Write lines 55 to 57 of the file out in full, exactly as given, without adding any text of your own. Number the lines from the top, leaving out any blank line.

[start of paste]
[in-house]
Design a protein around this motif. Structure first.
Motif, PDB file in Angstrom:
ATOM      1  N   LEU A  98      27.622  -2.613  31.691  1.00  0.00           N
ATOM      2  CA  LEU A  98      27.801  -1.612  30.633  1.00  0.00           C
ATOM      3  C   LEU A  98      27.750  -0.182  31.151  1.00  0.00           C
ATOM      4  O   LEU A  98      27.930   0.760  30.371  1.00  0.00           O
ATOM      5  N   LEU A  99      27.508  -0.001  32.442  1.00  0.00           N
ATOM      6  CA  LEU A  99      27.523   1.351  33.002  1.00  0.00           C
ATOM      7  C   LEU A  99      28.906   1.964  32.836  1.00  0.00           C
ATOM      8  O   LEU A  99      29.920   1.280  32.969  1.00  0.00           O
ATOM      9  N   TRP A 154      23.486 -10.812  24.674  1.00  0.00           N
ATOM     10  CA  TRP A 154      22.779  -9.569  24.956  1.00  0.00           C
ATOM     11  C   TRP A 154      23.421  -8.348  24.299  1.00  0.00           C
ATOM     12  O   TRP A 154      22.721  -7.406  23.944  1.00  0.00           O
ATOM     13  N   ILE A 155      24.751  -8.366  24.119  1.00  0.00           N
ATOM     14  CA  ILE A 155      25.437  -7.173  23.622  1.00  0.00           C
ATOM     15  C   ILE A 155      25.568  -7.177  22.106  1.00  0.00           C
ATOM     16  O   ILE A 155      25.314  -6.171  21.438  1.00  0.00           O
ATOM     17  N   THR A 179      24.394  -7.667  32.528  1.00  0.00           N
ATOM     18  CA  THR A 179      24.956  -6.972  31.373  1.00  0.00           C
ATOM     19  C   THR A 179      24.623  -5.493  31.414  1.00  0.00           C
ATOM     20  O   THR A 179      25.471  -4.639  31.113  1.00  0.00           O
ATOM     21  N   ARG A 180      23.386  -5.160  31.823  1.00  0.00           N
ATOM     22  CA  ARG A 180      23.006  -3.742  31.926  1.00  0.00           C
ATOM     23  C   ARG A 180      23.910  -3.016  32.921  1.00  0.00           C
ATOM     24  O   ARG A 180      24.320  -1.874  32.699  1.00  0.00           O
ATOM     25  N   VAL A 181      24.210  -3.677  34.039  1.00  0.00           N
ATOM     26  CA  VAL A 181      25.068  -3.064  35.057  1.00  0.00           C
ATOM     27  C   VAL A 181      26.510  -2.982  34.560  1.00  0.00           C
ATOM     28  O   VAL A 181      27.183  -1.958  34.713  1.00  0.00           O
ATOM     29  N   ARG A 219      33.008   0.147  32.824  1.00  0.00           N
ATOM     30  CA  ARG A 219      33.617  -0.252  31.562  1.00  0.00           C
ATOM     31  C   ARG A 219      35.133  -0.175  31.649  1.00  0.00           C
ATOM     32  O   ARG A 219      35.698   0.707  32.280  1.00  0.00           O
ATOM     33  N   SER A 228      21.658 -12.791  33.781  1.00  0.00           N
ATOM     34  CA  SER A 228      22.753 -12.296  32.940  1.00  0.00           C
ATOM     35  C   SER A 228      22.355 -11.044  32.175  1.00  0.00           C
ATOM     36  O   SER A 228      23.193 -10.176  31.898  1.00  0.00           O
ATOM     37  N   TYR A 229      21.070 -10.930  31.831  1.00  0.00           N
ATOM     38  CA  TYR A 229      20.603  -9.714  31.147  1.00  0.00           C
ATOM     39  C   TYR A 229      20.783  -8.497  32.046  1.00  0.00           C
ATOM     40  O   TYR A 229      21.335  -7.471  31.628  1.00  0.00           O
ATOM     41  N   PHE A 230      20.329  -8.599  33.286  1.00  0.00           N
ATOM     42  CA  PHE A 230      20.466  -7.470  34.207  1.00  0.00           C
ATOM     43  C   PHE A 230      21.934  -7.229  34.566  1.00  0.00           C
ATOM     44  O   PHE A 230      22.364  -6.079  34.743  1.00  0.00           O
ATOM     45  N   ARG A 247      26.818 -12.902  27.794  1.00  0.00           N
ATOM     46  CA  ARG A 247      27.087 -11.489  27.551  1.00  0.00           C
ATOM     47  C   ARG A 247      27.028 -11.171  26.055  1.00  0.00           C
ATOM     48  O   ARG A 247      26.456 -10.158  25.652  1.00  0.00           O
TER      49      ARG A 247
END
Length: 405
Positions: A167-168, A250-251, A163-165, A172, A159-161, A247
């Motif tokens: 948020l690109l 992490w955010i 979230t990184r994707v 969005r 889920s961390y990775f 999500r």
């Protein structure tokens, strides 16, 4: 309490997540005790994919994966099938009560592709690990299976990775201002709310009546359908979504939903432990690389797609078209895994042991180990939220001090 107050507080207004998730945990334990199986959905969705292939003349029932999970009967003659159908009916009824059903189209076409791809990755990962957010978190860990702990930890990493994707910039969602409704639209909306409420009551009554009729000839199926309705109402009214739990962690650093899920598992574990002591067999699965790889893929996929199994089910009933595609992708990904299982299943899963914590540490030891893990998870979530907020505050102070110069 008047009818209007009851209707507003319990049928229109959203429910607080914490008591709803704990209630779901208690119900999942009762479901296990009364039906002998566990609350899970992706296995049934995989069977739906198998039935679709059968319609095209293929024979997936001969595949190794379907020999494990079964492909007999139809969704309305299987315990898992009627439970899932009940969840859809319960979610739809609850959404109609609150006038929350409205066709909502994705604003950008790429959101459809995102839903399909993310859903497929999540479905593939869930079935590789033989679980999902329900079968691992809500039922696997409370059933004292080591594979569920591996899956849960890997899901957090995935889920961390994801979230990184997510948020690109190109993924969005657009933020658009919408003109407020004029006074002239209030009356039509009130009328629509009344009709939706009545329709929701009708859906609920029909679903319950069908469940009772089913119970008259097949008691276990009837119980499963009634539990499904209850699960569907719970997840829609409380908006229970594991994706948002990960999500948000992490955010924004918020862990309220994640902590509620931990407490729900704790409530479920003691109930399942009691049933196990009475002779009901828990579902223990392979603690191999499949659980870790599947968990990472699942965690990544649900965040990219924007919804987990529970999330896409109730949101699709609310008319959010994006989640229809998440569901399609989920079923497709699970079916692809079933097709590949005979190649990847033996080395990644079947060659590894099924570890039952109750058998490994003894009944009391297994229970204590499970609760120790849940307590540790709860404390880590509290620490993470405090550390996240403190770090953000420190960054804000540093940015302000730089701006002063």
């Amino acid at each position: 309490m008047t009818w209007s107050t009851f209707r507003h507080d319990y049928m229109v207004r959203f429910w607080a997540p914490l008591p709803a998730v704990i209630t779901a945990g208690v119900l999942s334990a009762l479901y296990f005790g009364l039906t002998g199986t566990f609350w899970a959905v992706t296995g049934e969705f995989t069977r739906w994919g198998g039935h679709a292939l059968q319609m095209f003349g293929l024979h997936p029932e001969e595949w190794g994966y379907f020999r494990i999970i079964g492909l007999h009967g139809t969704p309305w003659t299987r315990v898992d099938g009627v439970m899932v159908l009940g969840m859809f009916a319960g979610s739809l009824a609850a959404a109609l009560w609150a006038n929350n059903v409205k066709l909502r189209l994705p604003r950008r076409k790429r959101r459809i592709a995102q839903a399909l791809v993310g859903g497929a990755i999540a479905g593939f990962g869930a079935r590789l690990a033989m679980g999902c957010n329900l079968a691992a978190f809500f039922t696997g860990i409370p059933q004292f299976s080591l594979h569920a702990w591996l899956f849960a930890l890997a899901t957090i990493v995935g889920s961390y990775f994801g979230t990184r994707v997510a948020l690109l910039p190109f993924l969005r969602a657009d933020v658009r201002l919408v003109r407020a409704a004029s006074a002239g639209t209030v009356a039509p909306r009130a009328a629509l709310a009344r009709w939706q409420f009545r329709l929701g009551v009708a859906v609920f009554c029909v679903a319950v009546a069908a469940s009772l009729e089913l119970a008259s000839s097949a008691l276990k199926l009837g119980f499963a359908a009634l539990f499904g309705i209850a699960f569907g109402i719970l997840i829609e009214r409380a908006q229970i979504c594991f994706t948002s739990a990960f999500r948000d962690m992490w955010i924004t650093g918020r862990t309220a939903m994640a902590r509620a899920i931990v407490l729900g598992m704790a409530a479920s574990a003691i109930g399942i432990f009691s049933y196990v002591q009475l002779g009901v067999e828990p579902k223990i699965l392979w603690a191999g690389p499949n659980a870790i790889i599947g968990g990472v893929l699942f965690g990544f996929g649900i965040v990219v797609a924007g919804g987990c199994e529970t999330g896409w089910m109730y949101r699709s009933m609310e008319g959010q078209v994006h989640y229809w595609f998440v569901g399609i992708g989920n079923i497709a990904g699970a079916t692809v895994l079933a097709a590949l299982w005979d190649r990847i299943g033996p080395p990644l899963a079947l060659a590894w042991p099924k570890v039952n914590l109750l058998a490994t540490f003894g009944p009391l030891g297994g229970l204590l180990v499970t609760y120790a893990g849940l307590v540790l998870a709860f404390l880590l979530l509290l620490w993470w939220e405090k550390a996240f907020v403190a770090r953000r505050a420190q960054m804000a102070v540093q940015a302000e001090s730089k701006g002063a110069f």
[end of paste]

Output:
Positions: A167-168, A250-251, A163-165, A172, A159-161, A247
């Motif tokens: 948020l690109l 992490w955010i 979230t990184r994707v 969005r 889920s961390y990775f 999500r």
């Protein structure tokens, strides 16, 4: 309490997540005790994919994966099938009560592709690990299976990775201002709310009546359908979504939903432990690389797609078209895994042991180990939220001090 107050507080207004998730945990334990199986959905969705292939003349029932999970009967003659159908009916009824059903189209076409791809990755990962957010978190860990702990930890990493994707910039969602409704639209909306409420009551009554009729000839199926309705109402009214739990962690650093899920598992574990002591067999699965790889893929996929199994089910009933595609992708990904299982299943899963914590540490030891893990998870979530907020505050102070110069 008047009818209007009851209707507003319990049928229109959203429910607080914490008591709803704990209630779901208690119900999942009762479901296990009364039906002998566990609350899970992706296995049934995989069977739906198998039935679709059968319609095209293929024979997936001969595949190794379907020999494990079964492909007999139809969704309305299987315990898992009627439970899932009940969840859809319960979610739809609850959404109609609150006038929350409205066709909502994705604003950008790429959101459809995102839903399909993310859903497929999540479905593939869930079935590789033989679980999902329900079968691992809500039922696997409370059933004292080591594979569920591996899956849960890997899901957090995935889920961390994801979230990184997510948020690109190109993924969005657009933020658009919408003109407020004029006074002239209030009356039509009130009328629509009344009709939706009545329709929701009708859906609920029909679903319950069908469940009772089913119970008259097949008691276990009837119980499963009634539990499904209850699960569907719970997840829609409380908006229970594991994706948002990960999500948000992490955010924004918020862990309220994640902590509620931990407490729900704790409530479920003691109930399942009691049933196990009475002779009901828990579902223990392979603690191999499949659980870790599947968990990472699942965690990544649900965040990219924007919804987990529970999330896409109730949101699709609310008319959010994006989640229809998440569901399609989920079923497709699970079916692809079933097709590949005979190649990847033996080395990644079947060659590894099924570890039952109750058998490994003894009944009391297994229970204590499970609760120790849940307590540790709860404390880590509290620490993470405090550390996240403190770090953000420190960054804000540093940015302000730089701006002063």